Yum! I made this in the oven and just cut up the cabbage into quarters and covered it with homemade barbecue sauce. Cooked on 400 for about an hour with a couple more applications of sauce. As good as any barbecued meat I've ever had. 100% delicious.
I made this today and it was awesome!! I used aluminum foil to make a ring around the bottom of the beer can, to hold it upright. This worked very well. I used Veganaise in the Cole slaw and Bollibun mozzarella instead of the cheddar, so it was completely vegan. I also used dill pickle slices instead of the jalapeños. It was a good deal of work, but absolutely delicious.
Has anyone tried this with dried jackfruit? Most of the cans contains sodium bisulfite (had to look up) and brine which users say must be soaked to remove lemon and or briney taste. Anyone used it without soaking?
Ft Worth, TX
Was worried/paranoid about putting a can of beer on the grill and assumed some clever soul invented a stainless replacement. Found one online. It's great because it has a wide base for balance and a center cup for the beer. Also came with spike attachments for corn, potatoes, whatever else you want to cook. Will be trying it out today. Wide base also catches any excess bbq sauce. Hope that helps!
Ft Worth, TX
Tried this with success tonight, but the process was a bit arduous in that the can and cabbage assembly fell over by the time I went to check on it the first time so I had to prop it up against our grill (any suggestions on how to keep it upright?). Despite grilling with top down for nearly an hour *except for the basting* the inner core was not cooked through (there was still beer left in the can so it was still steaming). Is that the way it's supposed to be? That all said, the combination was terrific. I ate it 100% as described minus the cheese since I'm eating vegan these days and it was still a great combination--I added mustard and definitely the jalapeno and the slaw and a toasted bun. I was very satisfied and didn't feel like I was missing out by not having meat. Others ate it on their brauts and sausages & that worked out well for them too--Win/Win! It is a bit messy to work with especially if it falls over while it is cooking and afterwards when cutting it up. Would love handling advice.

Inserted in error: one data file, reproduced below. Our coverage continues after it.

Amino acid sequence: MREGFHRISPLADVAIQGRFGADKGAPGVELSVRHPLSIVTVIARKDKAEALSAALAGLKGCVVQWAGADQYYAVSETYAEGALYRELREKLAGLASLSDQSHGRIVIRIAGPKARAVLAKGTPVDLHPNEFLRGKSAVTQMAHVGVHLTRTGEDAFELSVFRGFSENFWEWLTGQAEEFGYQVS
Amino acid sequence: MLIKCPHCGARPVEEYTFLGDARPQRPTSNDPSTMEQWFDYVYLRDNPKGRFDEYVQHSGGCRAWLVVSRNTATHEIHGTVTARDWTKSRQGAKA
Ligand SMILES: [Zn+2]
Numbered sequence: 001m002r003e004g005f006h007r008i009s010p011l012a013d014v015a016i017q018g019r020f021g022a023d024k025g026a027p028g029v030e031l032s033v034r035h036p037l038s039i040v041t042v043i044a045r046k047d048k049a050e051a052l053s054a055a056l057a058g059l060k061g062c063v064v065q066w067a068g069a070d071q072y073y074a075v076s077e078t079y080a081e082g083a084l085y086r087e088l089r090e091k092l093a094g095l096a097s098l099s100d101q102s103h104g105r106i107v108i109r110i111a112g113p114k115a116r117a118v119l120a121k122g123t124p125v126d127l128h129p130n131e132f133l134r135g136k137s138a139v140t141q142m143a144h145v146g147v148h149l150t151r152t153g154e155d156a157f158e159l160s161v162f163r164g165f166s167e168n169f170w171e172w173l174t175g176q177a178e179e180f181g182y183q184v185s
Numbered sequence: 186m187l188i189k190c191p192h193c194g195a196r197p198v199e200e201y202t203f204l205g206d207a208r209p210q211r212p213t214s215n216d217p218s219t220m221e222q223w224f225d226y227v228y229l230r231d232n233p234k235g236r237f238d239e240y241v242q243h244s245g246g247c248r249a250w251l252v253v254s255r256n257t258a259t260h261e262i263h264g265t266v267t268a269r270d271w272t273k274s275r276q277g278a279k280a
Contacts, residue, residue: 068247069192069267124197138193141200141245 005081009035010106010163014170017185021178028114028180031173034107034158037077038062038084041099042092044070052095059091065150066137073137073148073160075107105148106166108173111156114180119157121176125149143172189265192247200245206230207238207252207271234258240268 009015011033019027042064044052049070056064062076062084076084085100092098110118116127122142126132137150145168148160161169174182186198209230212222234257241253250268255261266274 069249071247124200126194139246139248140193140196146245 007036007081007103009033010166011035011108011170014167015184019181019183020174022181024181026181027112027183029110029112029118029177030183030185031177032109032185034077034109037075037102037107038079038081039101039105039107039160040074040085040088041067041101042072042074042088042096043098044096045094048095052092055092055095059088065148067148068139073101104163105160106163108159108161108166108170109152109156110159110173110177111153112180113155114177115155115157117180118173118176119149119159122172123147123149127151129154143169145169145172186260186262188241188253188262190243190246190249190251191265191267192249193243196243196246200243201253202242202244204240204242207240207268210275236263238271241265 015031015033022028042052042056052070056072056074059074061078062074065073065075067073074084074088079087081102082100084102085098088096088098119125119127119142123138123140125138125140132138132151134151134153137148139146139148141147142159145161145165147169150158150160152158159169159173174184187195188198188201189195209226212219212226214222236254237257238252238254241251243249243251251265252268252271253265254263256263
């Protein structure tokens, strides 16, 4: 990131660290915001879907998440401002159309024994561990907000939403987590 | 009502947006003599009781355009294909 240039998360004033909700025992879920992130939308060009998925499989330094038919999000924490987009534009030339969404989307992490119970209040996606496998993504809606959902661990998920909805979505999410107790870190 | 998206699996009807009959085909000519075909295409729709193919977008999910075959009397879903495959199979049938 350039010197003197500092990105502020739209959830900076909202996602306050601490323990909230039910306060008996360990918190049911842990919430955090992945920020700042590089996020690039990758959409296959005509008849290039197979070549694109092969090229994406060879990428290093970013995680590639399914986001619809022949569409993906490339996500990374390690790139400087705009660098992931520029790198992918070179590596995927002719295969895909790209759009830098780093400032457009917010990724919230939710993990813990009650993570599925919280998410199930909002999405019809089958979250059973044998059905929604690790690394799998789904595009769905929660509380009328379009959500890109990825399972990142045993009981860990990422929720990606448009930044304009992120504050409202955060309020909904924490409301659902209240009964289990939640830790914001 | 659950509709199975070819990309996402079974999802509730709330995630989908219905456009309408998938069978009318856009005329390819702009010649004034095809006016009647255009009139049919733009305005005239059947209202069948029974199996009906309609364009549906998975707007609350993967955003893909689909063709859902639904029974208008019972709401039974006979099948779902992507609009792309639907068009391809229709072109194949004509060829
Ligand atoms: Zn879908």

For those ho ere confused. You open the beer or cider, pour out half so it diesn't boil over, stand can upright, sit cabbage over top of can so it fits into the hollowed out space. The steaming liquid will rise into the layers of cabbage. If you put the cabbage on bottom and poured the liquid in, it would boil and you ciuldn't baste it with bbq sauce properly. The can is a volcano, cabbage suts over it and steam acts like lava rising. You provide the red with the sauce. Sounds great to me. Yum!!